Modern outlaws and “sovereign citizens” threaten the rule of law

A 2010 photo shows an unofficial license plate on a vehicle belonging to an Ohio resident who was later convicted on federal charges related to Sovereign Citizen activities. AP Photo/Jay LaPrete

In May 2024, an Oklahoma man was arrested and charged with the kidnapping and murder of two women, becoming the fifth member of an anti-government group called “God's Outsider“ to be confronted with such accusations.

Since the investigation remains to be ongoing, details about God's Misfits are still scarce. The members of the group could possibly be a part of the so-called “Sovereign Citizen Movement – People who imagine they owe no loyalty to any government and should not obliged to obey laws.

My research to sovereign residents has found that they’ve long lively within the USA and other countries. Their core idea is to disclaim the legitimacy of the federal government. They often don’t register their vehicles, obtain driver's licenses or automotive insurance, and don’t pay taxes. And they pose a big threat to the general public.

Harassment and abuse

One threat they pose is “paper terrorism,” through which public officials are intimidated with legal threats. Sometimes officials are targeted because they’ve arrested or prosecuted someone from the movement.

This method involves filing forged deeds and liens against public officials who sovereign residents imagine have wronged them. District Clerk Are hit the alarm.

This kind of motion – a type of fraud which may be illegal – is rare throughout the country, but common in some placessaid local and federal officials.

In 2023, a person from New Mexico is predicted has filed a $20 million lien on the property owned by federal employees, which he believed was linked to the termination of his Social Security advantages. All in all, he allegedly filed false liens price $1 billion against federal employees.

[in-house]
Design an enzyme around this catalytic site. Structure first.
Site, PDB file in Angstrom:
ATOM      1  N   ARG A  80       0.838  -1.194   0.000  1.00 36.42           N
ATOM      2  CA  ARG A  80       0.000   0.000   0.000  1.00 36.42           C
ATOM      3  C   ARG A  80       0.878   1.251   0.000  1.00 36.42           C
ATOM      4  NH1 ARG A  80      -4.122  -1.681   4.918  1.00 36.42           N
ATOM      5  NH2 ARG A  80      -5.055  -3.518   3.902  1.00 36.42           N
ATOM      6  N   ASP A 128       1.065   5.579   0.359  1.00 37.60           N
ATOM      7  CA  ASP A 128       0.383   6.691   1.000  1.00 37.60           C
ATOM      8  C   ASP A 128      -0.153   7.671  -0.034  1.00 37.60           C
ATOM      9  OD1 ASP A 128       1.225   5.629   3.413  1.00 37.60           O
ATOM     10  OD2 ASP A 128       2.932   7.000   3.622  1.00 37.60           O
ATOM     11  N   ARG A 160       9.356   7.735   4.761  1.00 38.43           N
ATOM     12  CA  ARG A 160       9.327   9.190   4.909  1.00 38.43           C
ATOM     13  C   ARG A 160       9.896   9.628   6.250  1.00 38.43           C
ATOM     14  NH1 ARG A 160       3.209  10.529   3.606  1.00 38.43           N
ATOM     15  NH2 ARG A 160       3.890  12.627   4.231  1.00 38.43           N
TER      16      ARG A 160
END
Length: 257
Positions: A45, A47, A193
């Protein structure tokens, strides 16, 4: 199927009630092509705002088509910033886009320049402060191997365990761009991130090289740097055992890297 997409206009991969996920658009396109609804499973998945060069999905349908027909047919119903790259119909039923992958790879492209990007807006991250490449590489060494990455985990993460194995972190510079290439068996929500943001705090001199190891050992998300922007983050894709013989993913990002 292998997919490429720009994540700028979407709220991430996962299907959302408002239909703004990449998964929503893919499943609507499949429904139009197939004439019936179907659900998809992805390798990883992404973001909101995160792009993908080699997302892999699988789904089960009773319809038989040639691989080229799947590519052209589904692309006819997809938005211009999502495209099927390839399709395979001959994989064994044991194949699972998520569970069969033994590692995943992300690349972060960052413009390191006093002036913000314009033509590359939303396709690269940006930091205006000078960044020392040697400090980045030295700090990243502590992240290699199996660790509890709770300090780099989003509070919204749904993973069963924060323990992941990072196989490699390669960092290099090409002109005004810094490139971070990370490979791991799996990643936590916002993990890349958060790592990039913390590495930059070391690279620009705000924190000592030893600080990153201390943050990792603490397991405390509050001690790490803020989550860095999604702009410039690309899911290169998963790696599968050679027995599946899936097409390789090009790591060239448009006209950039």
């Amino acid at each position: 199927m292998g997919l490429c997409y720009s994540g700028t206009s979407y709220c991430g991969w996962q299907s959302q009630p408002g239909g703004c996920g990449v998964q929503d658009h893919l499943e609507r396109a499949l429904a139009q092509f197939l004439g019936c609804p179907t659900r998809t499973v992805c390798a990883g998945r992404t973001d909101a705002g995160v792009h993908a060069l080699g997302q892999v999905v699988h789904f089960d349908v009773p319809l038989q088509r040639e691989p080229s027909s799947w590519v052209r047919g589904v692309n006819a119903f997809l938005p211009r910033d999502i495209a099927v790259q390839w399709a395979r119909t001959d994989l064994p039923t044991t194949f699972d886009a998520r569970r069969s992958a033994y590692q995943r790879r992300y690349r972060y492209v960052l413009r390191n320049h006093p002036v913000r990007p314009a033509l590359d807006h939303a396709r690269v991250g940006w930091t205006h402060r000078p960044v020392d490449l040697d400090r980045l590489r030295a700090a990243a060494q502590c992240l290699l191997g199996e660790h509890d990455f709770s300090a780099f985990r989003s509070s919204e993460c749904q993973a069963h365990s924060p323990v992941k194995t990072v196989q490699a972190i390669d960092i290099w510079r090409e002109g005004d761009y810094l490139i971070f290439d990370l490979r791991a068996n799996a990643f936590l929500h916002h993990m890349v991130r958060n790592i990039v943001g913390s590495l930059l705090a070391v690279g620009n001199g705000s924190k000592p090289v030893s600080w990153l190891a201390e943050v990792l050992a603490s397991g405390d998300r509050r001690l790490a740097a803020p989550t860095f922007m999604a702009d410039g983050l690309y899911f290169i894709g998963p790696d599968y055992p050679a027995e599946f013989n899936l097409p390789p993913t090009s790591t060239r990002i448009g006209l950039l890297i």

The Federal Prosecutor's Office has charged him with Retaliation against a federal worker through false allegationsCourt documents discover the person as a sovereign citizen who describes himself as “Private Attorney General.” He is awaiting trial.

Further threats of violence

The FBI considers sovereign residents as Threat of domestic terrorism.

In April 2024, a person from Utah charged in federal court with stalking after allegedly telling Salt Lake County Archives staff that that they had committed treason and were facing the death penalty.

Court documents show that the person called himself a “sovereign citizen” and asserted quasi-legal claims that Prosecutors seek advice from arguments commonly utilized by sovereign residents – Claims which have been dismissed by a judge as “frivolous and without merit.” The trial is scheduled to start on July 1, 2024.

A man in an orange shirt stretches his hands out to the sides.
Darrell Brooks, a sovereign citizen who represented himself in his criminal trial, was found guilty of killing six people by driving an SUV through a parade in Wisconsin in November 2021.
Angela Peterson/Milwaukee Journal-Sentinel via AP, Pool


Sovereign residents have killed Police officers and Civilians. David Brookswho represented himself in court as a sovereign citizen, was found guilty in October 2022 of killing six people when he drove an SUV through a Christmas parade.

Dejaune Anderson, a self-proclaimed sovereign citizenis accused of neglecting her 5-year-old son a lot that he died of dehydration. Her Process still pending.